Feature Article

The Value of Using an Outboard Video Processor with All Home Theater Video Displays

Part II

September, 2006

John E. Johnson, Jr.


The Processors

In the last couple of years, I noted that, even though I had a top notch DVD player and digital projector, I was running into problems getting the picture quality I wanted. The image was good, but not terrific. It wasn't the player or the display particularly. It was just a bunch of little things that were bothering me.

I figured that, perhaps, with one of the handful of outboard digital video processors that were now available, I might be able to rid myself of those little problems.

So, for this article, I obtained a DVDO iScan VP30 ($1,999) and Lumagen VisionHDP ($1,499). We reviewed the VP30 in February of 2006, and the VisionPro HDP in March (the VisionHDP processor in this article is one model below the VisionPro HDP).



The VP30 has HDMI inputs and outputs, while the VisionHDP has DVI connections. Both units will transcode component video into HDMI or DVI output respectively.

In testing projectors and flat panel displays, I have found that there really is not enough control over the image between the menus in the DVD player and the display, in order to really optimize the image. We are talking about more than brightness, contrast, color (saturation), and tint. What I am referring to are such things as matching the original image signal to the display, pixel for pixel, overscan, underscan, gamma, aspect ratio, and other things that we all never even thought about before DVD players, 480p, 720p, 1080i, and large screen images were in our day-to-day activities.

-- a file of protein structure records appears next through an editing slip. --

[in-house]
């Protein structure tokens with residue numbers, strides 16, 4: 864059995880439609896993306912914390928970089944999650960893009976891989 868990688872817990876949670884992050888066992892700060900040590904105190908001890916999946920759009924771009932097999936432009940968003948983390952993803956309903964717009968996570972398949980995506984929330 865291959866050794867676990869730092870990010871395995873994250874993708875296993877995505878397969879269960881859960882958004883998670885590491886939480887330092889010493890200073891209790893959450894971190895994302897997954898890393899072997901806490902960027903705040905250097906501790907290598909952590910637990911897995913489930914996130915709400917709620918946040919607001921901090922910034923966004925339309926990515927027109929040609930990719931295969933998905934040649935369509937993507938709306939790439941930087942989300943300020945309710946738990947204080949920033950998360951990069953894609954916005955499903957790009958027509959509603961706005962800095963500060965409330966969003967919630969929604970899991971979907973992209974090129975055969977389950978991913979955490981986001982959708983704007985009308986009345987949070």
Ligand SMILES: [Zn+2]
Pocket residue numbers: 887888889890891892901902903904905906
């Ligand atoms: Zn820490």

Now that we have such great picture quality from DVD movies and high definition satellite programming, and with HD finally becoming comonplace, all of the factors I mentioned in the preceding paragraph make a difference. That's not to say it is critical for us to be able to control them, but if we go to the trouble of installing a home theater, spending many thousands of dollars on the display, SSP, amplifiers, and speakers, why not go the full mile and get that last little bit of picture quality which is there for the taking?

I have to say up front that I am not an expert in the video arena. Our gurus, Kris Deering, Darin Perrigo, Steve Smallcombe, and Ofer LaOr, really know this stuff, but I am just an average home theater aficionado when it comes to fine tuning the image. As a result, I wanted to see if video processors were easy to configure for a top notch video picture. And what do you know, it was easy.

I won't be going into the details of all the features that these two processors have, as that is the domain of product reviews. Here, I just want to discuss how they solved certain problems that I had encountered in my video setup.

The Issues

With one of the projectors I tested, the DVD player would not output the proper aspect ratio via HDMI when I was watching classic movies in 4:3. The image was stretched side to side. The projector could not collapse the stretched image back down to its proper ratio. Of course, I could have used component video, but digital signals are the way to go when you want the best image at the end of the line. Digital . . . all . . . the . . . way.

The video processors allow me to fix that problem before it reaches the projector.

Look at the Input Aspect Ratio controls on the DVDO for example, as shown below. The first two menus are from the Input Aspect Ratio, and the third one is from the Output Setup. Between all of these selections, there is no way I was going to have to deal with a final picture that was incorrectly stretched sideways, or vertically, or compressed in two directions, or whatever.

Click Here to Go to Part III.

Copyright 2006 Secrets of Home Theater & High Fidelity

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